7. Evaluating and Controlling Technology

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Who needs internet access? Who decides? - This week we will be looking at some broader issues. There are many issues that are less well defined than some we have explored. What are the implications for a global society as more of the world's population have access to computers and computing, while many other people do not? Will this imbalance lead to unrest or encourage the have-not's to work harder to close the gap? What technologies are being developed? Who decides what we "need"?

Learning outcomes

  • investigate broader issues on the impact and control of computers
  • search for web resources that address the future of computers and society
  • evaluate the sources and content
  • compare and contrast the issues discussed in the resources
  • critically examine an issue and provide a detailed analysis


information sources, reliability, authentication, community, digital divide, knowledge sharing, machine intelligence, control systems, evaluation, automation, feedback, net neutrality

Study notes

  • Can communities exist in cyberspace? What makes a community? Is it lonely in cyberspace?
  • Is "addiction" to the internet real? Is it a problem?
  • Is there a "digital divide"? What if anything should be done to resolve or eliminate the problem?
  • What are the implications for a global society when some of the world population have access to computers and computing, while many other people do not? Will this imbalance lead to unrest or encourage the have-nots to work harder to close the gap?
  • Is "free" email really free?
  • What skills are being lost? What new skills are being learned or developed? Is this a reasonable trade-off?
  • What changes in human life styles are emerging? What are "good"? What are "bad"?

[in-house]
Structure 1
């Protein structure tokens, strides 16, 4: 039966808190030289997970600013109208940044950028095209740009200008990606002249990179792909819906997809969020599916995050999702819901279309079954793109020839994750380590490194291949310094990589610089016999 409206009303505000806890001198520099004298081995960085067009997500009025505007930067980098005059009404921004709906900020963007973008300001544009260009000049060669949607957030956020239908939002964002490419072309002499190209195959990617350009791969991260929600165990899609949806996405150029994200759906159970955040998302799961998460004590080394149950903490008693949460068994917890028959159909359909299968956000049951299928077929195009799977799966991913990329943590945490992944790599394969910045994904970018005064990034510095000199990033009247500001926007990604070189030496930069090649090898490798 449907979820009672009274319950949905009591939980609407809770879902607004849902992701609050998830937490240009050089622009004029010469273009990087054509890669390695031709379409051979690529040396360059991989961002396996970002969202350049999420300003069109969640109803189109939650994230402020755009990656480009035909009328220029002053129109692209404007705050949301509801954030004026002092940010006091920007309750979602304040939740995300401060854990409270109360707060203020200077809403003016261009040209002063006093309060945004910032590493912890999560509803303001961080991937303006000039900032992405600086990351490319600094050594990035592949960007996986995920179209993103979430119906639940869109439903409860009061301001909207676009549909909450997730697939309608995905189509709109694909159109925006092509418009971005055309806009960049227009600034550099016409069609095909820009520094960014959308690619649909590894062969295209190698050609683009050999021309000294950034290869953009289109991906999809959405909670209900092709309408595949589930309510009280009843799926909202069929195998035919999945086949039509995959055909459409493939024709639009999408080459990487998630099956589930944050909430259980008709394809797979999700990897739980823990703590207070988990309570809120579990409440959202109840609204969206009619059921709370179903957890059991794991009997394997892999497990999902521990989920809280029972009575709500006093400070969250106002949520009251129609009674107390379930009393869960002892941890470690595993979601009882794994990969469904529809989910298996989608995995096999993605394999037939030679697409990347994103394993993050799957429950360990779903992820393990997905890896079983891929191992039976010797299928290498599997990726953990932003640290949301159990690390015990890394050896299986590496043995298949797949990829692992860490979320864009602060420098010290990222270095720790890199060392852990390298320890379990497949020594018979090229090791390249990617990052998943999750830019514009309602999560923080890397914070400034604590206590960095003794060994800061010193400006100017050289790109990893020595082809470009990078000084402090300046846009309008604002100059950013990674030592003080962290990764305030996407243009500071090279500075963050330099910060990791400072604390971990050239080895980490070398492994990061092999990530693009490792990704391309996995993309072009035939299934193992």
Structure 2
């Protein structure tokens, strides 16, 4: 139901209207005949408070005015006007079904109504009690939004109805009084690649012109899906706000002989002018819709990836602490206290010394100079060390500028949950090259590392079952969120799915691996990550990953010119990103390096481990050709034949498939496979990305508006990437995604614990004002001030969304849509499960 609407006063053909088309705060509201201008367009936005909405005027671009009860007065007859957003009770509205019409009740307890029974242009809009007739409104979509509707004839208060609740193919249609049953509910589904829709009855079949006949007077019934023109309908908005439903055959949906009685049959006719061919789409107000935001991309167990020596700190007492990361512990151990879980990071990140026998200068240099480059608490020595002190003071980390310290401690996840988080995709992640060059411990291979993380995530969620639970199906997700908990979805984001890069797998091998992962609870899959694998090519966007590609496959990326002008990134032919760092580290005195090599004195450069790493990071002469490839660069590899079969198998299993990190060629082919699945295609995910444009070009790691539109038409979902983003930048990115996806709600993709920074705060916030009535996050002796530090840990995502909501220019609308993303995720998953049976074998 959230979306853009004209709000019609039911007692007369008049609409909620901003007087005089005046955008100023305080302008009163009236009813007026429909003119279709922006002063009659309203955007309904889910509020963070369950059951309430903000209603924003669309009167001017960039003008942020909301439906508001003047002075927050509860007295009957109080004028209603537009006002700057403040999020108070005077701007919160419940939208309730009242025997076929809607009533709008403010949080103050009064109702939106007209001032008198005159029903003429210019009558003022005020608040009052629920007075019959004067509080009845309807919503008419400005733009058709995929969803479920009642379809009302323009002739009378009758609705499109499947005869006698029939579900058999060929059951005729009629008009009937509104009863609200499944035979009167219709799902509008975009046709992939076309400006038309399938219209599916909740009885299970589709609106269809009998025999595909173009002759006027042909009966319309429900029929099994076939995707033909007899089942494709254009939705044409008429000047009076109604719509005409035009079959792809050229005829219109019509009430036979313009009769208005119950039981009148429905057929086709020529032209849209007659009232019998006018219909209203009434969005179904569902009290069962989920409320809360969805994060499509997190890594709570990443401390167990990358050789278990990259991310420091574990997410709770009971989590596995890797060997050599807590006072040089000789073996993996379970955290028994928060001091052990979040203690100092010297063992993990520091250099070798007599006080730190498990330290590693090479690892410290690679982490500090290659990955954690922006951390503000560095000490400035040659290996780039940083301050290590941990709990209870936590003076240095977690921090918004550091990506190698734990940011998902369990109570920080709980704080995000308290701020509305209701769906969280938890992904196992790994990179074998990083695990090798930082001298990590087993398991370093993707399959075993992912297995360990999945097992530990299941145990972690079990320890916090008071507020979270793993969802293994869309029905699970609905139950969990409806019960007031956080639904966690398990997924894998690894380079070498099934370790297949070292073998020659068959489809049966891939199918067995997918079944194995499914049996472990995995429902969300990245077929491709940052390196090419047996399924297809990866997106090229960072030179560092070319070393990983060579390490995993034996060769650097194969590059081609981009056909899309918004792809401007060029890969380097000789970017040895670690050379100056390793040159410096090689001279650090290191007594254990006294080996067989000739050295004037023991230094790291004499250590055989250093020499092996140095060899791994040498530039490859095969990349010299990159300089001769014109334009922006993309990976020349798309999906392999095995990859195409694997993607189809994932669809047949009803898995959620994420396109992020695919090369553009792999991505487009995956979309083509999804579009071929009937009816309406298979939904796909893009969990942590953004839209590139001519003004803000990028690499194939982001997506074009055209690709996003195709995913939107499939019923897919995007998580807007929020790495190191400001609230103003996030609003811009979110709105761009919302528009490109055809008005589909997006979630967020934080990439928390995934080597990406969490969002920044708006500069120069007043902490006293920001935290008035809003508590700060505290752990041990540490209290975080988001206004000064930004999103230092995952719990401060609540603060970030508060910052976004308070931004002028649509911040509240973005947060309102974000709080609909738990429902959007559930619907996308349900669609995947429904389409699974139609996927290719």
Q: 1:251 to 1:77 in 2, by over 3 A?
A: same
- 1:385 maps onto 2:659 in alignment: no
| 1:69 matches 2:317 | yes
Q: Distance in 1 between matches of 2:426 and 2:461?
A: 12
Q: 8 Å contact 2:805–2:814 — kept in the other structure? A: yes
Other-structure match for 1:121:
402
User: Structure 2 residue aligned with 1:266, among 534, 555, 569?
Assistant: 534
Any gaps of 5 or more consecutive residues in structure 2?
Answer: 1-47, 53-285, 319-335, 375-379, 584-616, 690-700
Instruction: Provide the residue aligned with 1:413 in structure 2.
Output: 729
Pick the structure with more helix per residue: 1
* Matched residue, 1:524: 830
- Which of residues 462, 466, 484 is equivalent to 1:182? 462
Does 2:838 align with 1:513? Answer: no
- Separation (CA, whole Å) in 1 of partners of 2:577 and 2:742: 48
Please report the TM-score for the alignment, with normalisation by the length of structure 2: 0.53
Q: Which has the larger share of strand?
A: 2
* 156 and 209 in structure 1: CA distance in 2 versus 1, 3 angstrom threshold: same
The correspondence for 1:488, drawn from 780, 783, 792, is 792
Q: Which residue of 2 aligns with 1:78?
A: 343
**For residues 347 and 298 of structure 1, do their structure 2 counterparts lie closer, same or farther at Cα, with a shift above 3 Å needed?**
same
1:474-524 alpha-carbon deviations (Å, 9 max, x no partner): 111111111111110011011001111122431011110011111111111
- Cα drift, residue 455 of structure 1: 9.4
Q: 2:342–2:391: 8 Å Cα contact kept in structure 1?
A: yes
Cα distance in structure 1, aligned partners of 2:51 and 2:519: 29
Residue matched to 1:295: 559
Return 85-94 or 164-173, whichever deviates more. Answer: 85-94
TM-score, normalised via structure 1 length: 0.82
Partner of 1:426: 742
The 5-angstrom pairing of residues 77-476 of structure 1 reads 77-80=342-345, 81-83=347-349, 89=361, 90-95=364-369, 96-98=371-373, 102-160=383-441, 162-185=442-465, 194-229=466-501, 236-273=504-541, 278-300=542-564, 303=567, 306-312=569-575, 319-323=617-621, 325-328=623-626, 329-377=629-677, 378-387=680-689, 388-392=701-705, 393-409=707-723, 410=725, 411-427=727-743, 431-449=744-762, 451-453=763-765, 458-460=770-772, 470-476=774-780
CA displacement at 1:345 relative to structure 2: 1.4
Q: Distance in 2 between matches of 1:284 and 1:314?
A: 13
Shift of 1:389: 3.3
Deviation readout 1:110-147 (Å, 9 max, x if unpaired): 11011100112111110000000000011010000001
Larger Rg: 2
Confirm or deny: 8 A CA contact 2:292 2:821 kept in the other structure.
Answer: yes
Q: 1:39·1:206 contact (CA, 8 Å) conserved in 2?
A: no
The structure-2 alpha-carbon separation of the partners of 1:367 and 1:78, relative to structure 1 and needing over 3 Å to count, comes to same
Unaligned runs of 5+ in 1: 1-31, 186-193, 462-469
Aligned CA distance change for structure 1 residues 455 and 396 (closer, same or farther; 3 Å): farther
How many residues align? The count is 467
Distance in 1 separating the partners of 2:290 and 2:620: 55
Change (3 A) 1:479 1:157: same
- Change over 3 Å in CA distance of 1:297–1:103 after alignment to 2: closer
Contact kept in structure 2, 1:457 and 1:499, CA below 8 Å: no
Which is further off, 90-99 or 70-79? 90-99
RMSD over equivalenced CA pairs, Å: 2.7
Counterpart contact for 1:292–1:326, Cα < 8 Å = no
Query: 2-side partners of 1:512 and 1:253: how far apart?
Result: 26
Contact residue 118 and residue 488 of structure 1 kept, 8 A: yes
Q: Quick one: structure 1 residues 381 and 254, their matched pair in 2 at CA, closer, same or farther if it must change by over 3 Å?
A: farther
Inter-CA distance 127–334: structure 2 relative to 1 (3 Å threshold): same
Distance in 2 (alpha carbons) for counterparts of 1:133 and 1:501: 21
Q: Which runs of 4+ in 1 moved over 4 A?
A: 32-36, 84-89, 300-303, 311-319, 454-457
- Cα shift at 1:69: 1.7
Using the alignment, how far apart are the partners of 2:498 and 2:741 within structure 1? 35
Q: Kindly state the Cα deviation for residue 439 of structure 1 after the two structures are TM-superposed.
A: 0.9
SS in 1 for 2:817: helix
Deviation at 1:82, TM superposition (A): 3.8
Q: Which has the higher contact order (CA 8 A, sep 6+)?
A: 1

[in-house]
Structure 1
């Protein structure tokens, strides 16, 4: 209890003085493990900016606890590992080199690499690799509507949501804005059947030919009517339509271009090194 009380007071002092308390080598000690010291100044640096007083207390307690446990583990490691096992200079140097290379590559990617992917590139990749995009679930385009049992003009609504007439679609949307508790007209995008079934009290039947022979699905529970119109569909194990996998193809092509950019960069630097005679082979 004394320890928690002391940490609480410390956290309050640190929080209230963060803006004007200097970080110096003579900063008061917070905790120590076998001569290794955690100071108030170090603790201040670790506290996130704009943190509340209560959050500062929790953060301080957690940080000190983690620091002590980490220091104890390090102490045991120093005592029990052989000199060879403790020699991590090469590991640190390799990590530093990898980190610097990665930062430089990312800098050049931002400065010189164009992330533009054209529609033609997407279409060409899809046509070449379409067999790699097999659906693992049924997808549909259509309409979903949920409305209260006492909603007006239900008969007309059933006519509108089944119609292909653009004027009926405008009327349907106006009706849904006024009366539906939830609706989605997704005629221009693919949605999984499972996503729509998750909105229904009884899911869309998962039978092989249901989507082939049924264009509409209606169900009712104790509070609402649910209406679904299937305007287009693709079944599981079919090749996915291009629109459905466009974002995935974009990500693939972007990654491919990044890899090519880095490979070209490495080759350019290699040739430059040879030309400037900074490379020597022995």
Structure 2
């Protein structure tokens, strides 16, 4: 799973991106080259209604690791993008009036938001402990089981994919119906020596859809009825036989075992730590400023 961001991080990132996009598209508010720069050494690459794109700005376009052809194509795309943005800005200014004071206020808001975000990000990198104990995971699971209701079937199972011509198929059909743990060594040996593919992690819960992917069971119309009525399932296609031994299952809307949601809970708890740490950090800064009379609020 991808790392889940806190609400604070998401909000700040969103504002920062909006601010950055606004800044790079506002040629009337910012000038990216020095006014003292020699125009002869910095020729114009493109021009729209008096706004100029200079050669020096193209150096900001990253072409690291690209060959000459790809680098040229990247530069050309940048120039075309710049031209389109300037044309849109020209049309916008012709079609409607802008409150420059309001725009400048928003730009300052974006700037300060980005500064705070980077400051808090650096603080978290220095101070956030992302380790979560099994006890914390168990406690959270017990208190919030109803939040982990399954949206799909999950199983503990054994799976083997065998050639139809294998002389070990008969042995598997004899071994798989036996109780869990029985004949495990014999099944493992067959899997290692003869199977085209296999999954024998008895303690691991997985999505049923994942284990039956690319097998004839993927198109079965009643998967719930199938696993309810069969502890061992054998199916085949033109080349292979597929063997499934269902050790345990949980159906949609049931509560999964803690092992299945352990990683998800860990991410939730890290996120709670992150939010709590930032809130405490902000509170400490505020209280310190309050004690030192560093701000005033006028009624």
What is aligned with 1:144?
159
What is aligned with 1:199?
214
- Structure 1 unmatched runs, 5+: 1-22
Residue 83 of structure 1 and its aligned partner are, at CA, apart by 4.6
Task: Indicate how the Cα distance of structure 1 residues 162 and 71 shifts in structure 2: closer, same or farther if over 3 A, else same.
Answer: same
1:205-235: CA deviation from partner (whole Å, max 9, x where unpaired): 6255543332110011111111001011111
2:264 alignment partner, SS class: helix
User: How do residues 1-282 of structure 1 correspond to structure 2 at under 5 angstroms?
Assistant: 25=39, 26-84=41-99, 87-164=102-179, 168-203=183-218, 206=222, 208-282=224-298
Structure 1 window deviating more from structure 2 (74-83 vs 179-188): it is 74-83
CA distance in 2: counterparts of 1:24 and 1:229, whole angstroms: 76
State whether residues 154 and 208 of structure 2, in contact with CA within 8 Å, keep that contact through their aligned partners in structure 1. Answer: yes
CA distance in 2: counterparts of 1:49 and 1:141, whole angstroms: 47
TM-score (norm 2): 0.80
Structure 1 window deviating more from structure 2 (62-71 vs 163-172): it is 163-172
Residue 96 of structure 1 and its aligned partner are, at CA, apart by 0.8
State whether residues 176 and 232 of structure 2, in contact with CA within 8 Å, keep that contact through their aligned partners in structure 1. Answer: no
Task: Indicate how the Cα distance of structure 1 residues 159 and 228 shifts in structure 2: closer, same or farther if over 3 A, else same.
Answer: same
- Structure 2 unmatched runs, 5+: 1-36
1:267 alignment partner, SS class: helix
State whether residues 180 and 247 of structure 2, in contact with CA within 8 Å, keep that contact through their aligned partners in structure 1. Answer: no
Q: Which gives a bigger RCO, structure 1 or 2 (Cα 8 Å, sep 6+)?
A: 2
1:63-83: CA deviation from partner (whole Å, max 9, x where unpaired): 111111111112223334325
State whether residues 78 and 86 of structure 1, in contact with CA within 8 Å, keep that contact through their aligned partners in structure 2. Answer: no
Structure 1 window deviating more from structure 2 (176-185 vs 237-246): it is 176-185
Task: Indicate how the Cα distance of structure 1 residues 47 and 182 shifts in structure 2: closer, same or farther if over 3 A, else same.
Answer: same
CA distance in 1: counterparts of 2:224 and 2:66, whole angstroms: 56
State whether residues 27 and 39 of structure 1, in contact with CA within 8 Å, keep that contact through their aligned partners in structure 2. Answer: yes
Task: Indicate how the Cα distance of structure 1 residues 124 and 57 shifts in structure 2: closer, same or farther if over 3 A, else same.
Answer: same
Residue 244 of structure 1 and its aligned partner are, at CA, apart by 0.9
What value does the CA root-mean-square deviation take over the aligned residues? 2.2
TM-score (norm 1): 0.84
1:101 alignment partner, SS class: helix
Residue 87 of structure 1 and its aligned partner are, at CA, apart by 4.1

1. Before you start the reading and the assignments, take a few minutes to think about what you already know about the topic - Evaluating and Controlling Technology. Write a sentence or two about this in the I know... discussion.

  2. Read the Study notes for an overview for the topics that will be covered.

  3. Read, view, listen to several of the selections in the Media list.

  4. Choose ONE (1) KEYWORD from the Keywords list for this module. Find two (2) resources that provide information about the word and how it relates to the course. Rate each resource on a scale of 1 to 5. To determine the score, identify 5 characteristics of each resource (good and bad). If there are 3 good things and 2 not-so-good things, give it a rating of 3/5. Do this for both resources you select. Post the word, links to your selected resources, the scores and the lists of good and not-so-good characteristics, and a brief description about your selection for each, to the discussion Evaluating and Controlling Technology keywords. Follow links provided by 2 others, review their suggested articles, and write a brief reply to the author for each.

    REMINDER: Your responses to this and all other assignments will be graded for college-level writing. Spelling and grammar errors will result in deductions. Late submissions will be accepted but points will be deducted. Your submission must include complete and thoughtful replies that demonstrate original thinking and personal experience.